Wednesday, May 23, 2018
One of America's Great Newspapers ~ Toledo, Ohio


Insomnia awakens me to a new realization

“I almost called you last night,” said my friend Shelly.

This was back in June, at the reception following her daughter's bat mitvah. I was admiring her artful decorations, knowing how hard she'd worked to put together this milestone in her no-longer-little-girl's life.

Yes, Shelly continued, she and another friend were up late - absurdly, ridiculously late - administering the sorts of final touches these events always seem to require.

To tell you the truth, she said, leaning closer for a quiet confession, they probably could have used another pair of hands.

“Well,” I shrugged, “really, you should have called me. God knows, I was wide awake.”

And I was.

And I am.

I'm starting this column at about the same hour most of you are entering the night's final REM cycle, and as it is, I've been up for hours. H-o-u-r-s.

This insomnia of mine (and I always think of it this way, as some kind of personal possession) has plagued me, on and off, throughout most of my adult life.

But lately - as it becomes more and more conclusive that I am A Woman of a Certain Age - it's just plain outta control.

Other people wake up in the morning and have breakfast.

I wake up in the morning and spackle on under-eye concealer to hide the dark circles. (Alas, there's not much I can do to hide the under-eye bags, which can be so big they come with their own carry-on luggage.)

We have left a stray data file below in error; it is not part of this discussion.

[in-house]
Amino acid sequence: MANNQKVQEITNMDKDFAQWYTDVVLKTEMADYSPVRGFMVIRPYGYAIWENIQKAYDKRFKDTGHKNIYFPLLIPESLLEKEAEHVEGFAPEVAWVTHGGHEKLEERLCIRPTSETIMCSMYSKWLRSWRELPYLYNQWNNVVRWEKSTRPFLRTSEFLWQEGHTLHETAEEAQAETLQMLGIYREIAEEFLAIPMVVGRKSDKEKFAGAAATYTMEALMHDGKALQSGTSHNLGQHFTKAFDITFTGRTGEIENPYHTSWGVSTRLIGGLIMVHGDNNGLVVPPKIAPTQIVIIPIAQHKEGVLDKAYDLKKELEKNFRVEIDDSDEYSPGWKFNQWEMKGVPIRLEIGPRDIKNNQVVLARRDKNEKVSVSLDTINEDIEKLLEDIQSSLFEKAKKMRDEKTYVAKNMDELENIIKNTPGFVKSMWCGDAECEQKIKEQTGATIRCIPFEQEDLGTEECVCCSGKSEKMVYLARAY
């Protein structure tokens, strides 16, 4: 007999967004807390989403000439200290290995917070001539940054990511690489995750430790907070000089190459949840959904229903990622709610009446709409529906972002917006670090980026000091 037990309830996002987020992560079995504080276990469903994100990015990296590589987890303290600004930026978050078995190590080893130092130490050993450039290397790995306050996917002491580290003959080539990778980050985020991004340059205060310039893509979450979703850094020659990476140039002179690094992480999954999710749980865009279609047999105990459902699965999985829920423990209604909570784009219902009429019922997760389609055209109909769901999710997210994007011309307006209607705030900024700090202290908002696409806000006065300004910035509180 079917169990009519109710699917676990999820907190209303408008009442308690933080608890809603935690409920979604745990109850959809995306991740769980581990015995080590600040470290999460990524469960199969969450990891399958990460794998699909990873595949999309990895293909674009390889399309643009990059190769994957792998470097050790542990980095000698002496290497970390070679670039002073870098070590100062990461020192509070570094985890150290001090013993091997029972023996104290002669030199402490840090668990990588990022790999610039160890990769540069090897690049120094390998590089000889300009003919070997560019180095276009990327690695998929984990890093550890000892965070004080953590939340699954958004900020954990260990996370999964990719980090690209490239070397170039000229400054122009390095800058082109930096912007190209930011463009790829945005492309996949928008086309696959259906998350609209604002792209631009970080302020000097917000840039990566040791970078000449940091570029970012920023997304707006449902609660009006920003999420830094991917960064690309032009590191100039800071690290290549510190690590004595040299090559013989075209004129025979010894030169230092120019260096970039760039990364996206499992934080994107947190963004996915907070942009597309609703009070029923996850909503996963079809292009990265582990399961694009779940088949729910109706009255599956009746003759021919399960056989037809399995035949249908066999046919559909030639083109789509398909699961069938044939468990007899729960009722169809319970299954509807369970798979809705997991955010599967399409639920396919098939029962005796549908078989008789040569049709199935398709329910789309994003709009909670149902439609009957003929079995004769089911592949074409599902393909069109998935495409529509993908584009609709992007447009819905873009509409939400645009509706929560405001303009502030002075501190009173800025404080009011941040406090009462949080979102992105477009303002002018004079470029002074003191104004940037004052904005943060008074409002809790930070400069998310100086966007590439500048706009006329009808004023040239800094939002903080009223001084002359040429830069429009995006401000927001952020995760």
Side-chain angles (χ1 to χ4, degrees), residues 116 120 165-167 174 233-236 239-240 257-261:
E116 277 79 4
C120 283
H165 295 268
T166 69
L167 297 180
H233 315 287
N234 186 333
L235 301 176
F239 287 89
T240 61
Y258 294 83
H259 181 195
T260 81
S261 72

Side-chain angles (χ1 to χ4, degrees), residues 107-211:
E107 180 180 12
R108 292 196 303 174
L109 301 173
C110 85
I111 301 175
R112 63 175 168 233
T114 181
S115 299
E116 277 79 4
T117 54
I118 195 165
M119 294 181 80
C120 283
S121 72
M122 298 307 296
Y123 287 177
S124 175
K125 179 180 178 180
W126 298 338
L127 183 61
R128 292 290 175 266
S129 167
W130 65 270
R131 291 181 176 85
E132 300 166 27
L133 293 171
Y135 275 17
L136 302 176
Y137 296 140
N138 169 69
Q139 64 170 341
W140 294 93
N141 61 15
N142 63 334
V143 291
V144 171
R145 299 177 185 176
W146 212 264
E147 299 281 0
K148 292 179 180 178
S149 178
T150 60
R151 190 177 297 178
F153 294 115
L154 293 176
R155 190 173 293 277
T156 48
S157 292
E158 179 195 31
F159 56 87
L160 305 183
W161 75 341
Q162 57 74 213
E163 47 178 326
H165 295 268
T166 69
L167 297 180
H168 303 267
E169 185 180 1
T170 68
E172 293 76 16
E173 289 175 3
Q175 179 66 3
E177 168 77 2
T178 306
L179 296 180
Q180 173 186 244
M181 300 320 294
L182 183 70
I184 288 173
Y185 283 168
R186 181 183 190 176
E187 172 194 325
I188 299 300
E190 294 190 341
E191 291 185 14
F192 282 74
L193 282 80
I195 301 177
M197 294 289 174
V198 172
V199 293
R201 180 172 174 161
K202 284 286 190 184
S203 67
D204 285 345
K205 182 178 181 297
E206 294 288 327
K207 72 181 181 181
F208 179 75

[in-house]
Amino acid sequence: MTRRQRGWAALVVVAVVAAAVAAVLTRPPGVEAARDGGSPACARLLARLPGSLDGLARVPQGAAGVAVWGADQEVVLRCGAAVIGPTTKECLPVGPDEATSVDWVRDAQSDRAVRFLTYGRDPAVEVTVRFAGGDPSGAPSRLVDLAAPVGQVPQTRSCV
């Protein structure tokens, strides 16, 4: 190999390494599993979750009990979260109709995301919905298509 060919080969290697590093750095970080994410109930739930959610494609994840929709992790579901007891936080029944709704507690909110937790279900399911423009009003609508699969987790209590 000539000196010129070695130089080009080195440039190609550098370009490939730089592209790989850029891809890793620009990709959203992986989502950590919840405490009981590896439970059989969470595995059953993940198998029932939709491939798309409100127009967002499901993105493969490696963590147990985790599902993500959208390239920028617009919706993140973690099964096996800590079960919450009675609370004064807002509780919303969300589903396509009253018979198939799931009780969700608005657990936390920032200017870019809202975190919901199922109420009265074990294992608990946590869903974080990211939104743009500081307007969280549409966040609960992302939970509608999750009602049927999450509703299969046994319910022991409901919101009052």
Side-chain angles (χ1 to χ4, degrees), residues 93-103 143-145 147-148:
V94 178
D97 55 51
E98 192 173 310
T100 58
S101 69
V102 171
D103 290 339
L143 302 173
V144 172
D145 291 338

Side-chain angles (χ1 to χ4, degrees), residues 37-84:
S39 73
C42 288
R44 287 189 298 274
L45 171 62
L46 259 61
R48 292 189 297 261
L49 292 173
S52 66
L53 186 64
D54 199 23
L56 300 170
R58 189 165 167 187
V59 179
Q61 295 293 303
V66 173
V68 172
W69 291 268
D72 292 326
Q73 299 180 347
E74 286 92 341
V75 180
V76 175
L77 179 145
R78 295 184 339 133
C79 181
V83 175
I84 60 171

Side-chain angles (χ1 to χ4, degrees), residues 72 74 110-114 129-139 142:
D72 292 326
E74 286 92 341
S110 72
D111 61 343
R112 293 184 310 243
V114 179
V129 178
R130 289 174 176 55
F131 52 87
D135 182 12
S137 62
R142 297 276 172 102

Shelly, my other aging female friends, me - we all report similar searches for that elusive good night's sleep. I know, because I've started asking around.

Just this week, Joanie said the middle of the night is the only time she can write without interruption. And with Sue, we've got it down to verbal shorthand: “It was 3:30 for me. How about you?” And what we mean by this is: Here's what time I got up this morning. At what deadly silent hour did you finally give up and roll out of bed?

Now, as a rule, I recognize it's a worthless undertaking to formulate theories based only on one's own small circle.

But in this case, I just know I'm right: Each and every night, there are legions of middle-aged women padding softly around houses where a single light burns, trying not to wake anyone, wishing fiercely they could simply lie down and drift off, knowing the daylight hours will be forfeited to a sleepiness of narcotic proportions.

“What we ought to do,” Shelly once said, and I think she was only 15 percent joking, “is all sit around and IM each other. I mean, that's what you do in the middle of the night - go online. Right?”

That, and a few extra loads of laundry.

Insomnia is a lonesome condition, but it's a certain kind of lonesome that, truth be told, I've never really minded. Sitting in the kitchen when it's neither night nor day, looking out the window at that exact moment when the stark silhouettes of the trees seem to step out from their blue-black background, is rather delicious. It feels at that moment like I'm the only person on the planet who's awake.

Of course, now I know just how wrong that is.

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